The Cycle | September 25, 2012
>>> for years contraception has been handed out but it's been made available to those as young as 14 and they can get it without their parents knowing. the program is called c.a.t.c.h. it's reignited the role in private sectors especially with teenagers so young but the city says it's got to do something to stem the rising tied of teen pregnancy which often leaves poor girls to drop out of school. nearly 7,000 girls annually drop out before the age of 17. 90% were unintended. more thereafter half lead to abortion. what happened here is kind of ahead of the kuvg at least nationally in terms of where we are in public schools and these matters, but it occurs to me thinking about this that maybe this is something we're going to be seeing outside of new york city i would guess fairly soon because i'm thinking back really less than 20 years ago when i was growing up and there was a bee dee bait going on. there was a debate about the ail veilability of condoms in the public high school . it was extremely controversial. i remember religious leaders in towns to rally zents against it and i believe the town school committee voted it down. i see the most recent polling data on it now is from 2009 . nearly 70% of people nationally say, yes, condoms should be available in public schools . so i just see, you know, in less than two a decades where public opinion has moved on that. and i look at something like this and i say, yeah, it's going to get a lot of heat right now, but i bet you, you know, a decade from now this is the next phase of that.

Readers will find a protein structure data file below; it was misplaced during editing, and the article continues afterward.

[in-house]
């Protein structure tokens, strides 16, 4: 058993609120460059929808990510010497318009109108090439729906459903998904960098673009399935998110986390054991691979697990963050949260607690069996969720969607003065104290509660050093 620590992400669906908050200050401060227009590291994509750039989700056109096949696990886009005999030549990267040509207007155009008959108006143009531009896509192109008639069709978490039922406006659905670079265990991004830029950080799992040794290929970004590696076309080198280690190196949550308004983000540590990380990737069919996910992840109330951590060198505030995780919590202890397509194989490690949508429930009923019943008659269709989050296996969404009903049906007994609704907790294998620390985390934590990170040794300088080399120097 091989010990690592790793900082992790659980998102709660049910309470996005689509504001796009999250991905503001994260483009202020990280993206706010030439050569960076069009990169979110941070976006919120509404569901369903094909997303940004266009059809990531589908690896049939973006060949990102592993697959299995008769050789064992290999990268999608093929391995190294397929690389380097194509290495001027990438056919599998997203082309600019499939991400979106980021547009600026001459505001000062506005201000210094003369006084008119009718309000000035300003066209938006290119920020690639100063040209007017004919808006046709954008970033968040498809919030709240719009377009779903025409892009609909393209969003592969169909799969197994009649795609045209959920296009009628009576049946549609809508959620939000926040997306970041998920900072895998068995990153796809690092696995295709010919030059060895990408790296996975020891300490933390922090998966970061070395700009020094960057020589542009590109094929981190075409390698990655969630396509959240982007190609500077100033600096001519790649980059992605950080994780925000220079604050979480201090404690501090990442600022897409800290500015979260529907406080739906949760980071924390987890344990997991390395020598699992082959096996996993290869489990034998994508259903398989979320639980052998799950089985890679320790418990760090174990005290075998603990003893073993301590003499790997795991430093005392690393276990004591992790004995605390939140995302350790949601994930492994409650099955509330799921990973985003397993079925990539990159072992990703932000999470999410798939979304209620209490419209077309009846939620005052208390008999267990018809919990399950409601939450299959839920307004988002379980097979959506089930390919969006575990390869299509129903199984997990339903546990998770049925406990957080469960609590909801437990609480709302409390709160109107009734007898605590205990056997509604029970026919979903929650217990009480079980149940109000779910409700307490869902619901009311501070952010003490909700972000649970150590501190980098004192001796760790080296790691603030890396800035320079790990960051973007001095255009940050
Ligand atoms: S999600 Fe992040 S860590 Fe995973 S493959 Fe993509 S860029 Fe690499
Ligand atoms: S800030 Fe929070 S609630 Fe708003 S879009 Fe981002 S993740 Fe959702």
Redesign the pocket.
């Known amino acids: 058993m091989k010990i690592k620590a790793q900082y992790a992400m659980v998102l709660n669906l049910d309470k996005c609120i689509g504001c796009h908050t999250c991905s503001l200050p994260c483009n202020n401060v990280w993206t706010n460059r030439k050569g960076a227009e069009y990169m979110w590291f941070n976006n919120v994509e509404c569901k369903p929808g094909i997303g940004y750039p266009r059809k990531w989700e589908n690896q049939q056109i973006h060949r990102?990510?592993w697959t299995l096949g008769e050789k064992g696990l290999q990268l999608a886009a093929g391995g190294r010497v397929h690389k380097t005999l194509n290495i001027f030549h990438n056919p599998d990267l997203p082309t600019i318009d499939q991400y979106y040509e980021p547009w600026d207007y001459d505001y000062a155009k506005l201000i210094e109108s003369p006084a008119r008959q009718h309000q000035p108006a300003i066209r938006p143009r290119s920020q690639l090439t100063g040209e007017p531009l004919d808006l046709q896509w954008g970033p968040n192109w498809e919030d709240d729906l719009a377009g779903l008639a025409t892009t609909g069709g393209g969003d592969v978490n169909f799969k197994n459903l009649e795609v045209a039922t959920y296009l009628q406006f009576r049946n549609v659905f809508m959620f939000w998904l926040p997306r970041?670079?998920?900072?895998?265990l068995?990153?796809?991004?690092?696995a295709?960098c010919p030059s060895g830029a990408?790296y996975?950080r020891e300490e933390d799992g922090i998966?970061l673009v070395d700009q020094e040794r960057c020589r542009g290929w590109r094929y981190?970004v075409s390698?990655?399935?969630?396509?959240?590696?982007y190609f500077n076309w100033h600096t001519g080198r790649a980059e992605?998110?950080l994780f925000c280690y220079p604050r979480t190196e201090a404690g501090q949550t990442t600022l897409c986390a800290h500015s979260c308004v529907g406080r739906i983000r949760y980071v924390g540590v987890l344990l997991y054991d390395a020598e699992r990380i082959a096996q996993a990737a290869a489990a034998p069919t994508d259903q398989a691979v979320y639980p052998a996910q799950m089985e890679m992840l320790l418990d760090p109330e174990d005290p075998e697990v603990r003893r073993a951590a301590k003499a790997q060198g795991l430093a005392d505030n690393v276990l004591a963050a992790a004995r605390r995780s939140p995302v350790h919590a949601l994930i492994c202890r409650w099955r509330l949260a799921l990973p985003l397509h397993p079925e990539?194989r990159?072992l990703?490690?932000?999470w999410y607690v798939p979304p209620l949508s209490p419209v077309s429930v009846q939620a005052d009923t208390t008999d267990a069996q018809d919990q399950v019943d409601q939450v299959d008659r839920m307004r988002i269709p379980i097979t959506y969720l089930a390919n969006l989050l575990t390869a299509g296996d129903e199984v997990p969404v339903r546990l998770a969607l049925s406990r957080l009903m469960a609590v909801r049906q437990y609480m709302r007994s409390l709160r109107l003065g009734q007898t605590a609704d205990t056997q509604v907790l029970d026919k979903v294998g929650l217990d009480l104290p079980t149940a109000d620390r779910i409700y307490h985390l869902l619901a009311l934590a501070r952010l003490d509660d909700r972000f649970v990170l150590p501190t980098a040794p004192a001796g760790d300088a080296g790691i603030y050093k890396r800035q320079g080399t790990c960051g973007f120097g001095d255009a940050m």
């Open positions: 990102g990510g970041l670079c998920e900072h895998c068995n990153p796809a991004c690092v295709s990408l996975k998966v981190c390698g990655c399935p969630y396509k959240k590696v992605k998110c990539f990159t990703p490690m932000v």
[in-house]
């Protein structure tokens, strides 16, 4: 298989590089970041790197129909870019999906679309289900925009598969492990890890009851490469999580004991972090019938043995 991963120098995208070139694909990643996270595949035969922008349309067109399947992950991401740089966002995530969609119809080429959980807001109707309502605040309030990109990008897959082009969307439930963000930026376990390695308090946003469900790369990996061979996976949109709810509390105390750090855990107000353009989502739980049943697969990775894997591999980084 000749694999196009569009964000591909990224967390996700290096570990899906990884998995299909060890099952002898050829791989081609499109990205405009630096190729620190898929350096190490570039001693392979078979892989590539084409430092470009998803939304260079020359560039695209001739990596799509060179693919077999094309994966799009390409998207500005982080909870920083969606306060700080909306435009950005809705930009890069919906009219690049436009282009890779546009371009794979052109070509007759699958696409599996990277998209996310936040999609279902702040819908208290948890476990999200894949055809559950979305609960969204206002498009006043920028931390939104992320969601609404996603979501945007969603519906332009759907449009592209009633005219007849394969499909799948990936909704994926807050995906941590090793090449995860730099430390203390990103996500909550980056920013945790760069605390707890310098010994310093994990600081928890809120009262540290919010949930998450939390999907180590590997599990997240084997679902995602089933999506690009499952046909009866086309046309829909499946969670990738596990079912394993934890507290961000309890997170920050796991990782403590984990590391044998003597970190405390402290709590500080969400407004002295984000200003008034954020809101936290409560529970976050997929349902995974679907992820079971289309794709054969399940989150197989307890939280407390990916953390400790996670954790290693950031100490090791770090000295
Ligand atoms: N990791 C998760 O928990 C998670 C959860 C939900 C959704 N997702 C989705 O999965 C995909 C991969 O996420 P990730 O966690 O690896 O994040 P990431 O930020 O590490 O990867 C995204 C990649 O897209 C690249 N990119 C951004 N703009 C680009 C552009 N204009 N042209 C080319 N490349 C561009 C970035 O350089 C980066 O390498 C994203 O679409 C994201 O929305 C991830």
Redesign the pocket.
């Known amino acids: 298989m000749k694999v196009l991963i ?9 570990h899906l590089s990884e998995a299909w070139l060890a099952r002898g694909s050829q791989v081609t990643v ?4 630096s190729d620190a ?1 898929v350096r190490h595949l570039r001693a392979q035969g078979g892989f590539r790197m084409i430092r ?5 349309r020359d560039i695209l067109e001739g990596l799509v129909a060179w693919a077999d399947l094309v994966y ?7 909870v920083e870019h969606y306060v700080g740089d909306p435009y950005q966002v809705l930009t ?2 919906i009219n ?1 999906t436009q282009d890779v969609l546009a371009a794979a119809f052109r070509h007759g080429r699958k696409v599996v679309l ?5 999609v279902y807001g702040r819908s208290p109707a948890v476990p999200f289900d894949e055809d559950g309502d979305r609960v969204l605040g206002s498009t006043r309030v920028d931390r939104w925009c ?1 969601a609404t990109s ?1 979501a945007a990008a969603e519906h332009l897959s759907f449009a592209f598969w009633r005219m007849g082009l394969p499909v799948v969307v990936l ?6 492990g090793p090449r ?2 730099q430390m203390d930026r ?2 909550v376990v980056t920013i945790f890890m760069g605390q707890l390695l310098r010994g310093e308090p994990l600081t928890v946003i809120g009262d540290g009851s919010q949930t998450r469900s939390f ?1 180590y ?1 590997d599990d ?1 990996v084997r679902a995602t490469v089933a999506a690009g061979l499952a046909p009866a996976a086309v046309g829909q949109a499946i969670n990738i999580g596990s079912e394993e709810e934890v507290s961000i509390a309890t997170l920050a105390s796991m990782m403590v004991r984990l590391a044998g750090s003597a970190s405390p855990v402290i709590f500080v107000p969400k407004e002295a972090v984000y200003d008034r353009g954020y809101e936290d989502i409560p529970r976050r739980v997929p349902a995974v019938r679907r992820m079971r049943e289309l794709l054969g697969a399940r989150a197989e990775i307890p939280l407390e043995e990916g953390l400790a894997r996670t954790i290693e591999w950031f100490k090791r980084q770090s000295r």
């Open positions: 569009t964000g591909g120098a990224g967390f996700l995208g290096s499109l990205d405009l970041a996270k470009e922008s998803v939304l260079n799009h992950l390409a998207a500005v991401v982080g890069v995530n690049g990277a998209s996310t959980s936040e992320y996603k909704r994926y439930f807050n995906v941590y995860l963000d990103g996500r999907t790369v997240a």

>> yeah. one thing i would point out here is the change here is making it available in the schools. new york state already has access to contraception without parental parental permission. this is making it more accessful. if you want to combat poverty, teen age pregnancy, this is the most effective way to do it. and i'll tell you two things. over the '90s there was a decline in teenage pregnancy in the united states and a good institute did it. a quarter of the decline was caused by an increase in abstinence, teenagers were having less sex but three quarters of the decline was caused by a decrease in the use of contraceptions and using more effective contraceptive, so instead of condoms they were using the longer term birth control and that made a big difference. the other thing here is internationally even though we stheerch decline, the united states is still doing worse than most other countries in the developed world in terms of teenage pregnancies . as you can see on the chart, that is also because, number one, we're using less effective forms of birth control . that's like the primary reason. so providing access to birth control , providing the morning after pill, making it readily accessful, those are the best way to combat teen pregnancy and reduce poverty.
>> do we make it available to teens who inevitably have sex and all mountainly do it without ruining their life and beinging families long before they're ready and forming families they're not ready to live or do we rivering ruining their lives? for me the answer is really clear. i want them to have the ability to experiment and protect themselves as they're experimenting rather than just say we're going to not allow you to have contraception and we hope that you don't have sex.
>> i guess i'm just a prud. i really just wish we could spend more time talking about,000 reduce unwanted pregnancies before the fact and not after the fact, not the what to do both.
>> i think you can do both.
>> we all twhanlt.
>> we've put so much responsibility on teachers to address these issues of sex education and drugs and alcohol and tolerance and self-esteem that it gives the parent as chance to opt out and say it will be covered in school. i think parents should be having those discussions at home.